FREEDOM OF INFORMATION COMMISSION
OF THE STATE OF CONNECTICUT
In the Matter of a Complaint by FINAL DECISION
Mark S. Del Vecchio and the Register Citizen,
against Docket #FIC 86-90
Winsted Volunteer Fire Department and the Chief of the Winsted Volunteer Fire Department,
Respondents May 14, 1986
The above captioned matter was heard as a contested case on April 18, 1986, at which time the complainants appeared and presented testimony, exhibits and argument on the complaint. The respondents failed to appear.
After consideration of the entire record the following facts are found:
1. The respondent department was created by special act of the General Assembly in 1929 and currently exists under the charter of the city of Winsted.
2. The respondent department is under the general jurisdiction of the board of selectmen, an elected agency of the city of Winsted.
3. Pursuant to 608 of the town charter, the board of selectmen is empowered to organize and to regulate the respondent department, as well as to appoint its high ranking officers.
4. It is found that the respondent department acts as, and performs the function of, the fire department for the respondent town and that such function is governmental in nature.
5. It is found that the town pays the salaries of the respondent department's high ranking officers in addition to providing the respondents with other services.
Docket #FIC 86-90 Page 2
6. It is therefore concluded that the respondent department is a public agency within the meaning of 1-18a(a), G.S., and is therefore subject to the provisions of the Freedom of Information Act.
7. By letter of complaint filed with the Commission on April 2, 1986 the complainant Del Vecchio alleged that the respondent department, at its special meeting on March 16, 1986 convened in executive session without taking the required two-thirds vote and without stating a proper purpose. The complainant further alleged that while in executive session, the respondent department took a vote of confidence on the respondent fire chief in violation of the Freedom of Information Act.
8. It is found that the respondents held a special meeting on March 16, 1986 at which they convened in executive session.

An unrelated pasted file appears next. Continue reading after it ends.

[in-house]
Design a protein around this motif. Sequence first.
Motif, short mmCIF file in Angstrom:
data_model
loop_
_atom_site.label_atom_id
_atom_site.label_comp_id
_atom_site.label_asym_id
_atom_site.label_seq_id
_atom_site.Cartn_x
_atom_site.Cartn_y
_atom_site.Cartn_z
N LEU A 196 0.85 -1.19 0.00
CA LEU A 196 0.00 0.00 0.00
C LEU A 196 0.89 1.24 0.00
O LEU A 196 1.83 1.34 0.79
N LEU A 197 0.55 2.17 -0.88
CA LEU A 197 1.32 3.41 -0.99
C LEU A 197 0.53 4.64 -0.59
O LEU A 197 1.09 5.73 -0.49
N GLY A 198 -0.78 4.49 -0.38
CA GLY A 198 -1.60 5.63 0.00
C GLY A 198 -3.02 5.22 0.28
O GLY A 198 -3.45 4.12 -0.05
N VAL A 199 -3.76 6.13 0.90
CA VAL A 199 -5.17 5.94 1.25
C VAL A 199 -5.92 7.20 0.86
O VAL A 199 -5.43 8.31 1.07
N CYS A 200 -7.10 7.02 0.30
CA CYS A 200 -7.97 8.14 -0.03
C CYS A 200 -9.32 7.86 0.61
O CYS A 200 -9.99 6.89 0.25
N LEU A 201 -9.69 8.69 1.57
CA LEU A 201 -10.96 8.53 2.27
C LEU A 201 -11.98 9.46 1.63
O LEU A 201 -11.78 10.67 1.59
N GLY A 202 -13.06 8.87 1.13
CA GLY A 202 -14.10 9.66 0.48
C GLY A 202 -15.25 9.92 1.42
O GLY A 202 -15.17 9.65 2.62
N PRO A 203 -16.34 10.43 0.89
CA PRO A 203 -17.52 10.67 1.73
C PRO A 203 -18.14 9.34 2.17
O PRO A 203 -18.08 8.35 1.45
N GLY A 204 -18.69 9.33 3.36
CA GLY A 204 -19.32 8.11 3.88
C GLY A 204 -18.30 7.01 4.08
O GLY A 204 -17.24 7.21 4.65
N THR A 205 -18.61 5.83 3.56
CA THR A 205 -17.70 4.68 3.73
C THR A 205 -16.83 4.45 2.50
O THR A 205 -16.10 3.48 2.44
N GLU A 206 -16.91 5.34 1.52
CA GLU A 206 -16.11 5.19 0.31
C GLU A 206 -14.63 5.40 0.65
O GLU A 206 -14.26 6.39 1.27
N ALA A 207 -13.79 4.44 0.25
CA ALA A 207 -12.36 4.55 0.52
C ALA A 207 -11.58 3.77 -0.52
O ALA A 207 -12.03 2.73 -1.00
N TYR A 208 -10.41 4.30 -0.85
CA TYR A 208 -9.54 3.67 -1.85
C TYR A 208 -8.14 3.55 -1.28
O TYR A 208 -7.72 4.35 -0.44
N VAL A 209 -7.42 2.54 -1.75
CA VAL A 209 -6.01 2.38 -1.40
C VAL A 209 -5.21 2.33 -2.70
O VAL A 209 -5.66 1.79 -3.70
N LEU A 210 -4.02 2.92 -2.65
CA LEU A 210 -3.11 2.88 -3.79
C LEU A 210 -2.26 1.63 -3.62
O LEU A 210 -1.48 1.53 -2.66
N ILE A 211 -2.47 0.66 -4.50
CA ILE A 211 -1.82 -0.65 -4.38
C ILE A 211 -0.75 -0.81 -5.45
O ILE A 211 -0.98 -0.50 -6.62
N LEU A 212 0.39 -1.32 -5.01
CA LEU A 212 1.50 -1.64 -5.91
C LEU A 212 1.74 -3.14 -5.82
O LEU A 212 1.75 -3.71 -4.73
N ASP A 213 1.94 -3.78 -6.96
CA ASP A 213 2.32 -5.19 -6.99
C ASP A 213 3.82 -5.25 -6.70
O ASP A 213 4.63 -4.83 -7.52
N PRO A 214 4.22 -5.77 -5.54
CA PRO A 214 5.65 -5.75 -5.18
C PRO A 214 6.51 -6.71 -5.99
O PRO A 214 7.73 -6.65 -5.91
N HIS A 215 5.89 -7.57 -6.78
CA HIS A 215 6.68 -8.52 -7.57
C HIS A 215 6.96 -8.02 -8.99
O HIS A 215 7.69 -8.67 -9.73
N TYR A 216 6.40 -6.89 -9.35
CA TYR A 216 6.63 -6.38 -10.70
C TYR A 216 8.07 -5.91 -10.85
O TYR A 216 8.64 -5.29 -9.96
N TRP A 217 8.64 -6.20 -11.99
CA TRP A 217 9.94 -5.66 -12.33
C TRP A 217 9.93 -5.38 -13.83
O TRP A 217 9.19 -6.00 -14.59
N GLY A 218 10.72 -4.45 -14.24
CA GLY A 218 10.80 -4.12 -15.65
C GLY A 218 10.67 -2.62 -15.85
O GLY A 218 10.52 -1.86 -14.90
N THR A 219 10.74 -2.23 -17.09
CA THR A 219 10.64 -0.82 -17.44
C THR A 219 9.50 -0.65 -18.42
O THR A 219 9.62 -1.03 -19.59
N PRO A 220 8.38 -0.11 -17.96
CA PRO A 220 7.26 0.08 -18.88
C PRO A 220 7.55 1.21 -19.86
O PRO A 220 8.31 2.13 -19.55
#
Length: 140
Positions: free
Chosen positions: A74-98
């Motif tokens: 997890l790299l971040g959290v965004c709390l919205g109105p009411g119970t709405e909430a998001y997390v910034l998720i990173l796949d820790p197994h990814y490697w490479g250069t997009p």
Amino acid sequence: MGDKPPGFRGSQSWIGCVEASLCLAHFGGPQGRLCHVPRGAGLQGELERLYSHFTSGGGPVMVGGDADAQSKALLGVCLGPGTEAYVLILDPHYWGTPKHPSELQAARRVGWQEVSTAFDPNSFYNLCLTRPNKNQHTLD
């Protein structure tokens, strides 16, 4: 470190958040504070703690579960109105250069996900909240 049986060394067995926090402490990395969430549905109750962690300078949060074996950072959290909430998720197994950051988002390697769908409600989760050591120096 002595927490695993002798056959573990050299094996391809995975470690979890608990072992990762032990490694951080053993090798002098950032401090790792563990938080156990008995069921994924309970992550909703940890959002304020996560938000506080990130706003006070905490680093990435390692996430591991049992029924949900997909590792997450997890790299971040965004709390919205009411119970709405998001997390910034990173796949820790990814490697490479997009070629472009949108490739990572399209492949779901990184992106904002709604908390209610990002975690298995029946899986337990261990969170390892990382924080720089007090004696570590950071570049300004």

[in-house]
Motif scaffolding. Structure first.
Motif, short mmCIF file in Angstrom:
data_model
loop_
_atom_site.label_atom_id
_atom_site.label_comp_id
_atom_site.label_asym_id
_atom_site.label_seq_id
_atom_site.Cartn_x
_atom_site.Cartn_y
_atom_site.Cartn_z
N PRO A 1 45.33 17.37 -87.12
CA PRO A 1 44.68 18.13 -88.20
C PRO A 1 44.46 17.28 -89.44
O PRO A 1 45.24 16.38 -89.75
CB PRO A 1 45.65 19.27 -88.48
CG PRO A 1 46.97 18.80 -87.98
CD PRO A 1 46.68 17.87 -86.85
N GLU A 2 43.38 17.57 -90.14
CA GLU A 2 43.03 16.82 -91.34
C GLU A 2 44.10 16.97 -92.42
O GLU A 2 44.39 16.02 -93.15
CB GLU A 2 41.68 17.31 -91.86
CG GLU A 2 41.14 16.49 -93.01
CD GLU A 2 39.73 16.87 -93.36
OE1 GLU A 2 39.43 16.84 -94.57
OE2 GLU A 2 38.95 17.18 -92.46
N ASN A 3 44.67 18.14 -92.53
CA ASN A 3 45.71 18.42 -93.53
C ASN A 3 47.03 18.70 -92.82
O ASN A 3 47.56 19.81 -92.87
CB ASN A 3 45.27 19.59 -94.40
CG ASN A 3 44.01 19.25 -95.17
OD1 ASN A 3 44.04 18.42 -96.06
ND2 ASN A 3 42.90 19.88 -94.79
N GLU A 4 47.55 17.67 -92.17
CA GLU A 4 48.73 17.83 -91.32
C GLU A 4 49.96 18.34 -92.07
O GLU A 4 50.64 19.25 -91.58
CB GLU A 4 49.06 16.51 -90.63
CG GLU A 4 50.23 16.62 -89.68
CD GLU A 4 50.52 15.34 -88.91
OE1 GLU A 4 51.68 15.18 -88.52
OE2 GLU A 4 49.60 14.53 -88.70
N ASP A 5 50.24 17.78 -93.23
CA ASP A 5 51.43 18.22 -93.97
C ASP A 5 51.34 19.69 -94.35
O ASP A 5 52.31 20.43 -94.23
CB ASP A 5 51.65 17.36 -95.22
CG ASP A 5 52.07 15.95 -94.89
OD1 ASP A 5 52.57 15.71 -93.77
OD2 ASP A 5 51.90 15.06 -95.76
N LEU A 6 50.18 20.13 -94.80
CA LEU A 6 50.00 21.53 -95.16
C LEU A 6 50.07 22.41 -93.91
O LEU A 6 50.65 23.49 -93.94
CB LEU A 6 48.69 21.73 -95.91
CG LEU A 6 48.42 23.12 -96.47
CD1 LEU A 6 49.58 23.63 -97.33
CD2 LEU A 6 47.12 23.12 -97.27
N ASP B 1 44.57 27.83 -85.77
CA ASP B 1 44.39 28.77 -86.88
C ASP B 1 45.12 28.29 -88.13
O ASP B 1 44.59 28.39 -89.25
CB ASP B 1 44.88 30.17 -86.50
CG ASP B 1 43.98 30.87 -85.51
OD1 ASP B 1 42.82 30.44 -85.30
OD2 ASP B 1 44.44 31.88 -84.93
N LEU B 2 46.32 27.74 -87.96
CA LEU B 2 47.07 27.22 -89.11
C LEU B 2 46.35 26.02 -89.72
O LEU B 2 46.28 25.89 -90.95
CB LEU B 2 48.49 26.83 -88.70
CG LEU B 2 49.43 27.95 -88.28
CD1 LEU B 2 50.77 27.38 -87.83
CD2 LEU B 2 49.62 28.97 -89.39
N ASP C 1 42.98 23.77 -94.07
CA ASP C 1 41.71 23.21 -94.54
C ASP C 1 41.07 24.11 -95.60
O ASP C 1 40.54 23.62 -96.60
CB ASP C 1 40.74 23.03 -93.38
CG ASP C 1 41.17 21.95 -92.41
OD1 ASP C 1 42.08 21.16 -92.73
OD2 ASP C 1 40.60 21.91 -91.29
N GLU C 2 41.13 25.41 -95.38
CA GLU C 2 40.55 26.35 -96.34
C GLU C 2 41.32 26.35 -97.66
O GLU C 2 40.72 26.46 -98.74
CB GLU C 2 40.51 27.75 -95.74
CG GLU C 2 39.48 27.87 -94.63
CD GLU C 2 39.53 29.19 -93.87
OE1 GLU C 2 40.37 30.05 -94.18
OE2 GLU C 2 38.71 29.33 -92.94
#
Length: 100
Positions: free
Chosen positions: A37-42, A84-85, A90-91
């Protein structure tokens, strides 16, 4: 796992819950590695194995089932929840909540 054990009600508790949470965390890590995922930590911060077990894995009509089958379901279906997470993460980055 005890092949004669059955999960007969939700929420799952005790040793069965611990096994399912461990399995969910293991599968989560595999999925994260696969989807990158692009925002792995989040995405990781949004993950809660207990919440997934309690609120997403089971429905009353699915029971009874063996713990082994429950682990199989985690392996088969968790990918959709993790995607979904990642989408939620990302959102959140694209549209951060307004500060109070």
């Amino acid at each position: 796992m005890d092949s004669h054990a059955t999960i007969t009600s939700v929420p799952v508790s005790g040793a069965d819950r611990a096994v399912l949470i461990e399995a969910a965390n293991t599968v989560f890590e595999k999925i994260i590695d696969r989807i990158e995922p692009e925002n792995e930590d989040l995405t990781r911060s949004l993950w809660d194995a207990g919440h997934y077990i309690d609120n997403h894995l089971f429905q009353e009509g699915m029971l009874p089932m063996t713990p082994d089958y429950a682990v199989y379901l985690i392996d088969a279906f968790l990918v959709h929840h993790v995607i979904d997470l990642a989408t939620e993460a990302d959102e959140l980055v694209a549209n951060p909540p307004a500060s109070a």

9. It is also found that at the meeting in question, the respondents took a voice vote of the members present and voting to convene in executive session.
10. It is found that nothing in the Freedom of Information Act precludes the taking of a voice vote, as long as a record of vote is filed by the agency pursuant to 1-21, G.S.
11. The complainant alleged that the respondent department violated the Freedom of Information Act by not listing the executive session in its agenda.
12. It is found that nothing in the Freedom of Information Act requires listing an executive session on the agenda of an agency meeting.
13. It is therefore concluded that the respondent department did not violate 1-21(a), G.S., by not listing the executive session on the agenda of its March 16, 1986 meeting.
14. It is found, however, that the purpose stated for convening in executive session was the presence of a newspaper reporter at the meeting.
15. It is concluded that the executive session was not held for a proper purpose within the meaning of 1-18a(e)(1), G.S.
Docket #FIC 86-90 Page 3
16. It is further concluded that the respondents violated 1-21, G.S., when they convened in executive session for an improper purpose.
The following order by the Commission is hereby recommended on the basis of the record concerning the above captioned complaint:
1. The Commission hereby declares null and void all actions taken by the respondent department in executive session at its special meeting on March 16, 1986.
Approved by order of the Freedom of Information Commission at its special meeting of May 14, 1986.
Clerk of the Commission